Two varying types of multiple stimulus without replacement preference assessments (MSWO) were conducted with three 21-year-old participants with low-functioning autism. The first preference assessment was parent-led. This was done by using a revised version of the RAISD, a parent interview tool, to gain the top ten items the parent viewed as being most reinforcing to their child. The experimenter then utilized those 10 items to conduct the multiple stimulus without replacement preference assessment. All three participants were also given a standard multiple stimulus without replacement preference assessment utilizing 10 generally common used reinforcing items that are typically available in a classroom setting. Upon yielding the results of each type of preference assessment, an alternate treatment design was utilized to determine reinforcing effects of the varying preference assessment results. A baseline phase occurred where participants completed a matching-to-sample file folder task, that they have all shown 100% competency with in the past, to record the duration and accuracy it took the participants to complete the activity while receiving no reinforcement. Duration and accuracy for the matching-to-sample file folder activity were then compared to determine if they would increase their speed and accuracy when presented the opportunity to gain the parent-led and standard preference assessment result’s reinforcer upon completion. Results showed students displayed shorter durations for both types of preferences, however slightly favored the teacher-led assessment. Accuracy was generally the same for baseline and both types of preference assessments.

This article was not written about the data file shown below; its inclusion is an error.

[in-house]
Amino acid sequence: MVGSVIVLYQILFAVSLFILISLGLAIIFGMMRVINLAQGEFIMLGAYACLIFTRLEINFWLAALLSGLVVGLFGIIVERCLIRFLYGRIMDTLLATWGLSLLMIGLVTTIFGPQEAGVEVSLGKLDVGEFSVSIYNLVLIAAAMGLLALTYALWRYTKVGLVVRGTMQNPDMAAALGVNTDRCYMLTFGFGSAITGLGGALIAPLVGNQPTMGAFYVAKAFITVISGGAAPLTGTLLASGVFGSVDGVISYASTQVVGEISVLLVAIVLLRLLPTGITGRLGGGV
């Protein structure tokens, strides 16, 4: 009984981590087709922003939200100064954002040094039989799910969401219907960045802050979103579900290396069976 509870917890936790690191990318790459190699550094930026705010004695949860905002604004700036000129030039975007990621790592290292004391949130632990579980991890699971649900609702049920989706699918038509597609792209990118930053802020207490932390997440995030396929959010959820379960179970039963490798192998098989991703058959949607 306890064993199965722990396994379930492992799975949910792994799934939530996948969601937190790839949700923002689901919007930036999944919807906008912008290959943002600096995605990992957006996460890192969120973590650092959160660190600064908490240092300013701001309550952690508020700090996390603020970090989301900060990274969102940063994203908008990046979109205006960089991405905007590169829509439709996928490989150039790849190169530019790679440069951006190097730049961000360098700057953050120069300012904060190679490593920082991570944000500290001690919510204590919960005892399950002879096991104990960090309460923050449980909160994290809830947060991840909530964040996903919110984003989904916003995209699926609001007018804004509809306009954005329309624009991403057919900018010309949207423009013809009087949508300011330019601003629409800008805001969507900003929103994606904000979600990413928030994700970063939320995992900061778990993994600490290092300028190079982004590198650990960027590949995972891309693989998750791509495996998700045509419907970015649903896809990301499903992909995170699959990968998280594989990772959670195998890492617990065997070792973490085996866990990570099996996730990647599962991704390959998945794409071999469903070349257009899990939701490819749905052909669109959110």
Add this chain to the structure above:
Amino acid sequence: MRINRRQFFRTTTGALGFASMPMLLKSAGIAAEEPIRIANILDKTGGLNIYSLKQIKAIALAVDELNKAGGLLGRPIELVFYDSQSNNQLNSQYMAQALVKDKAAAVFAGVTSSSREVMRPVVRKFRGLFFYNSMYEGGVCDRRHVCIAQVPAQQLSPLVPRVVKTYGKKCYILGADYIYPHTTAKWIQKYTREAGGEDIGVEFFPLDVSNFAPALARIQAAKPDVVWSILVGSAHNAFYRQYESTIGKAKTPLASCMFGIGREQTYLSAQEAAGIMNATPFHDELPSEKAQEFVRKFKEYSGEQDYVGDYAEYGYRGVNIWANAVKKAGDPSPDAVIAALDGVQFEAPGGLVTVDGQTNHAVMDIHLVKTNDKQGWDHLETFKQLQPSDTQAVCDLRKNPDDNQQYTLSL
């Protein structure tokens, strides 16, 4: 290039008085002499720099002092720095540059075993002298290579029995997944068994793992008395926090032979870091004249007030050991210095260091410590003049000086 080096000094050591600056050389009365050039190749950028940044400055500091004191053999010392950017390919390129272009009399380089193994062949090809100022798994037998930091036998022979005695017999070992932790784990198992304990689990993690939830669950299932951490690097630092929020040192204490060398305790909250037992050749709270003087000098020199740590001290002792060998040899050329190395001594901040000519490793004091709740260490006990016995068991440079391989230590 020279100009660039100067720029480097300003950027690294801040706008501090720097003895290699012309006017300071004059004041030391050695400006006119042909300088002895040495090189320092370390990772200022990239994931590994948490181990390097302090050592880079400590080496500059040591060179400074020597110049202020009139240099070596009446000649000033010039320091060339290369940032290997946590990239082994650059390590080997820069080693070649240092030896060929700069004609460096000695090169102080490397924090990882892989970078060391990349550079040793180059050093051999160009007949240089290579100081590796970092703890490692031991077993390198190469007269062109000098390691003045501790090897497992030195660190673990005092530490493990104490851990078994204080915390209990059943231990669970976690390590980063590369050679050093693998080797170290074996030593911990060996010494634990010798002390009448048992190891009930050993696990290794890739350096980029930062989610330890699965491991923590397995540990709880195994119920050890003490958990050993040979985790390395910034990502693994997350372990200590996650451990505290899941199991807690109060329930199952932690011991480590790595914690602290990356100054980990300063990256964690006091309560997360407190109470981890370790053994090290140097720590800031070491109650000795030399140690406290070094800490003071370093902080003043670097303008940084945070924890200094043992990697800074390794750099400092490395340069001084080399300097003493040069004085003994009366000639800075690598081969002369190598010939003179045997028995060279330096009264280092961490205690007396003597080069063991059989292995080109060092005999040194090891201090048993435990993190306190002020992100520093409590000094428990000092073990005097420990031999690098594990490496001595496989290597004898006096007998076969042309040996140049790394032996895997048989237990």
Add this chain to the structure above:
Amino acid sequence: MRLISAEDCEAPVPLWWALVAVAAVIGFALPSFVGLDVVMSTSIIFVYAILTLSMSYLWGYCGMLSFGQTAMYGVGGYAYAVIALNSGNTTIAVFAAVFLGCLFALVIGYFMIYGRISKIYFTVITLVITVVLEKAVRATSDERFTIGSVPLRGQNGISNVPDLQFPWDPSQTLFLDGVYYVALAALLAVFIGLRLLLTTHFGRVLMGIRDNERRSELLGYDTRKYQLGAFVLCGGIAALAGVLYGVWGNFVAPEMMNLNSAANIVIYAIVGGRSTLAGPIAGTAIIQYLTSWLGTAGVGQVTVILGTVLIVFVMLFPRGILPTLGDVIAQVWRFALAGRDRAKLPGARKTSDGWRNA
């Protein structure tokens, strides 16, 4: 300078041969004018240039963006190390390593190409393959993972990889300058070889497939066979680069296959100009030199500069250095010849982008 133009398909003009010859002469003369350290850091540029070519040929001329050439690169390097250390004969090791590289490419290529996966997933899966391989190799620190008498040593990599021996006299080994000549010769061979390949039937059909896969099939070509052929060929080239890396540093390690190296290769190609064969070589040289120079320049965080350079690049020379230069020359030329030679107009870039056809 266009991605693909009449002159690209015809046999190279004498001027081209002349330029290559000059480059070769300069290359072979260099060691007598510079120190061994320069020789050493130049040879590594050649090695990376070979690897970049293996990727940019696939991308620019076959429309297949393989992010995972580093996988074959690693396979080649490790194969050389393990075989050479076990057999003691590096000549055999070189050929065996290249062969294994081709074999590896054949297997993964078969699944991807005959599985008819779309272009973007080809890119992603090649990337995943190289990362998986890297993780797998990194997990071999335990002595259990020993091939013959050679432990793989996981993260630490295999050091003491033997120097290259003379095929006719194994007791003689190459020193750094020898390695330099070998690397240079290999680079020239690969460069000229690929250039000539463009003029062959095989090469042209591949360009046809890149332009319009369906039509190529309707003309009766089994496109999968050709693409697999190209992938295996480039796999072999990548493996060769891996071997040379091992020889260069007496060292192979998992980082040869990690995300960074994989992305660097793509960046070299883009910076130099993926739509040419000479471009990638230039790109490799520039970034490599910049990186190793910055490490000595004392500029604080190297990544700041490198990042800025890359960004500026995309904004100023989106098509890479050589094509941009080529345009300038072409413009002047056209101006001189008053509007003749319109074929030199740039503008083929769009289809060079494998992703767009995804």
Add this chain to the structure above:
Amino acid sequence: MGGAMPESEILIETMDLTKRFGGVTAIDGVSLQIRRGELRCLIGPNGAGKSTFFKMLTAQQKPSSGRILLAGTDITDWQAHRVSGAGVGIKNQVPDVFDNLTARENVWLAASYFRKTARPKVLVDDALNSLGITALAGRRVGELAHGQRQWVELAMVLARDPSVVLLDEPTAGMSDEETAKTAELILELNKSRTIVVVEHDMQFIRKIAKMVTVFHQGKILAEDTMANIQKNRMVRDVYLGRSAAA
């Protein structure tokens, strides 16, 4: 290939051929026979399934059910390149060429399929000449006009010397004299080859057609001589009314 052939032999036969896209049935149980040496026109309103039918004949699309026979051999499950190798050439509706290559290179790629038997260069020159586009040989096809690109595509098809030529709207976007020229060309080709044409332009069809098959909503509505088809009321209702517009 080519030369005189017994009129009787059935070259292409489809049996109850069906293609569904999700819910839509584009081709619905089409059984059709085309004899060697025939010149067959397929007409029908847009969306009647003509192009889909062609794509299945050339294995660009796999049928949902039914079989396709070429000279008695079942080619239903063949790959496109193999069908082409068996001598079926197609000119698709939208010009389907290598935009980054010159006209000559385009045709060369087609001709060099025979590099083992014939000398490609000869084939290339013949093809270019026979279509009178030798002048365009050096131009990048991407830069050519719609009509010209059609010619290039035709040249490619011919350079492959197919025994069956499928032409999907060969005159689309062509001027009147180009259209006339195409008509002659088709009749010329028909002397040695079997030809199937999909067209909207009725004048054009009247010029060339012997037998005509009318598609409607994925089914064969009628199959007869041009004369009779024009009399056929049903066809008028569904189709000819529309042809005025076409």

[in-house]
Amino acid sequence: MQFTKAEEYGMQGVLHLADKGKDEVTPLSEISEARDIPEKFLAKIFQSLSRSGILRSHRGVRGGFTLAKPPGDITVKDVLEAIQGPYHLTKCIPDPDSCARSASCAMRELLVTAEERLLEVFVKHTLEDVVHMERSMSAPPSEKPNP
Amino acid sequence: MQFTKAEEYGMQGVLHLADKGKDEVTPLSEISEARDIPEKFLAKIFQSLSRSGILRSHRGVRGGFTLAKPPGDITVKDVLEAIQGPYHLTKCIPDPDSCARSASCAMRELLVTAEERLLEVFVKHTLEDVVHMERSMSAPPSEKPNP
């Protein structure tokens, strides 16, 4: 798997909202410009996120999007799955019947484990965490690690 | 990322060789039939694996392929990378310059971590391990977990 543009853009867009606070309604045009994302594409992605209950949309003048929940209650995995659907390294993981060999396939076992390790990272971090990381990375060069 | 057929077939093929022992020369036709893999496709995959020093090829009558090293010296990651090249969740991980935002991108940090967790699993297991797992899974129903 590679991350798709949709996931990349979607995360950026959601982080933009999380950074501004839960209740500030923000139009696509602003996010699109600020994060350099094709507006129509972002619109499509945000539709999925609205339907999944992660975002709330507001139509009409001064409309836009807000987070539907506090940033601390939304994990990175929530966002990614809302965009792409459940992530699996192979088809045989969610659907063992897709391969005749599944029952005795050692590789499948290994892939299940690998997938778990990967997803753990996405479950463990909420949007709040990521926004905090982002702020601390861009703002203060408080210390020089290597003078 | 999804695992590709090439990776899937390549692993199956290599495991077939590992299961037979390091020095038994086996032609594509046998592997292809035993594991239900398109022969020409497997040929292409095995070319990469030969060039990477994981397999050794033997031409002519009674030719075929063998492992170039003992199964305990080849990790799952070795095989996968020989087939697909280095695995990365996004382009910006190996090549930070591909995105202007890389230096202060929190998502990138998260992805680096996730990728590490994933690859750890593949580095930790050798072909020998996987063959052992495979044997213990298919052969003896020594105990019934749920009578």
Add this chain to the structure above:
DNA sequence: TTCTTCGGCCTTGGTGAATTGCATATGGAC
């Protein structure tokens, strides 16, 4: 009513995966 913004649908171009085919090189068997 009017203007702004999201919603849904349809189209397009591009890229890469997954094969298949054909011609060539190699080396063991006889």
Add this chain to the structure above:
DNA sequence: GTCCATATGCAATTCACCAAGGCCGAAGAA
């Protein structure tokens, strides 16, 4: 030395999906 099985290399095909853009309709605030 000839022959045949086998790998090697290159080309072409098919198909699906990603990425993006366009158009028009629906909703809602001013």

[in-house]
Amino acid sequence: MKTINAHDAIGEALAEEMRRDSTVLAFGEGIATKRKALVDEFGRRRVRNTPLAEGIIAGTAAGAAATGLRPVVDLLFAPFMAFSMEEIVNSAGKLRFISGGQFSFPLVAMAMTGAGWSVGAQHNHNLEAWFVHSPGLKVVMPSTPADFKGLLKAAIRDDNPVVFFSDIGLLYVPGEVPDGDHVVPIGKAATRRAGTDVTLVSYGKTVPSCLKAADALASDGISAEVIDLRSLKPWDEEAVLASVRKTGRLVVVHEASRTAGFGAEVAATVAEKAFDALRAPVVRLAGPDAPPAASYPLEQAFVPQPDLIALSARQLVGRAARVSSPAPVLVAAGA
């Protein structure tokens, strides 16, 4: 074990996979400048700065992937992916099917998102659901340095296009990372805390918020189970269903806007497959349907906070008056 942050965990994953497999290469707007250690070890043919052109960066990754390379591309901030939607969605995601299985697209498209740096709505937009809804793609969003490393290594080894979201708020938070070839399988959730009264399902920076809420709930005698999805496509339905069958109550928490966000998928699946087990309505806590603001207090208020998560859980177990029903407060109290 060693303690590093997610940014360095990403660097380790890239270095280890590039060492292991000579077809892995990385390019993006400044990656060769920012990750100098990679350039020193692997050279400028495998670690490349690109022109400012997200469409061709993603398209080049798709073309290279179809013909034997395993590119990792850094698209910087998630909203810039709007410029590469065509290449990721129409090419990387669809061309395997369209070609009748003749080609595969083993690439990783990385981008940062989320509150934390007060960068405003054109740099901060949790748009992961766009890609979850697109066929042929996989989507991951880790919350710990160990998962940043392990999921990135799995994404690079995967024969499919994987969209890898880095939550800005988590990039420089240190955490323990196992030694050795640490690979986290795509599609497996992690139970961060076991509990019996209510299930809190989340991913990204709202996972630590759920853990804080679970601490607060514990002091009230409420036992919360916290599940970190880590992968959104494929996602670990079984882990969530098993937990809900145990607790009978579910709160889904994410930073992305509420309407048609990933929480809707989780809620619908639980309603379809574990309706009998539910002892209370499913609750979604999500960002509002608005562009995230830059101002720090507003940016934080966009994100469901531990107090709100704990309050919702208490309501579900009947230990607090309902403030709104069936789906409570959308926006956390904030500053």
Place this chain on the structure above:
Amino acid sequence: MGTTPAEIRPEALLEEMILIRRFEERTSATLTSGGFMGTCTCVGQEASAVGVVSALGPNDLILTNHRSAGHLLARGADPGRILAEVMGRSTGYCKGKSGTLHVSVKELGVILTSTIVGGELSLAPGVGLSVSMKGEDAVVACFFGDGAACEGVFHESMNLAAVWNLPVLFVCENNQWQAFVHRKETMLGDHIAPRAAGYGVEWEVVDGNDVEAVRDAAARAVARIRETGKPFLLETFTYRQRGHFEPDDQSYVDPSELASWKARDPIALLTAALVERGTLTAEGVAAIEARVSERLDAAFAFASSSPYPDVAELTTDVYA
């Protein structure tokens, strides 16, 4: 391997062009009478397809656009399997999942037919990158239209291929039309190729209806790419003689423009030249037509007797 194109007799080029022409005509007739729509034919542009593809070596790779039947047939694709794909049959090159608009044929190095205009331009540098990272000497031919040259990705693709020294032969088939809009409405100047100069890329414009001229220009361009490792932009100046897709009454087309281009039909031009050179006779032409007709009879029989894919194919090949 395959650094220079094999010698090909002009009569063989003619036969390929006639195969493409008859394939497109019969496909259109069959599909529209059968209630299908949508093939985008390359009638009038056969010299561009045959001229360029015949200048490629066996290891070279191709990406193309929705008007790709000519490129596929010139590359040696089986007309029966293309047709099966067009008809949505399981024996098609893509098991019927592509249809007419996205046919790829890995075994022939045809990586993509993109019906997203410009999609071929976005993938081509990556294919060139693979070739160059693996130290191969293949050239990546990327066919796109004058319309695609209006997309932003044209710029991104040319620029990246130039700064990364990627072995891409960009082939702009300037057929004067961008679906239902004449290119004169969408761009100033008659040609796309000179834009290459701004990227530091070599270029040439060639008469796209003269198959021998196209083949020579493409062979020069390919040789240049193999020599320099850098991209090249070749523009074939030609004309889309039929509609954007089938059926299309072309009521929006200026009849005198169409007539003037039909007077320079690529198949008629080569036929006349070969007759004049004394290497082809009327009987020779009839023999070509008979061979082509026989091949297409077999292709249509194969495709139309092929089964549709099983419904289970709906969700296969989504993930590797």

|Advisor:||Baillie, Sara, Boerman-Cornell, William|
|School:||Trinity Christian College|
|School Location:||United States -- Illinois|
|Source:||MAI 57/06M(E), Masters Abstracts International|
|Subjects:||Behavioral psychology, Special education|
|Keywords:||Autism, Preference assessment|
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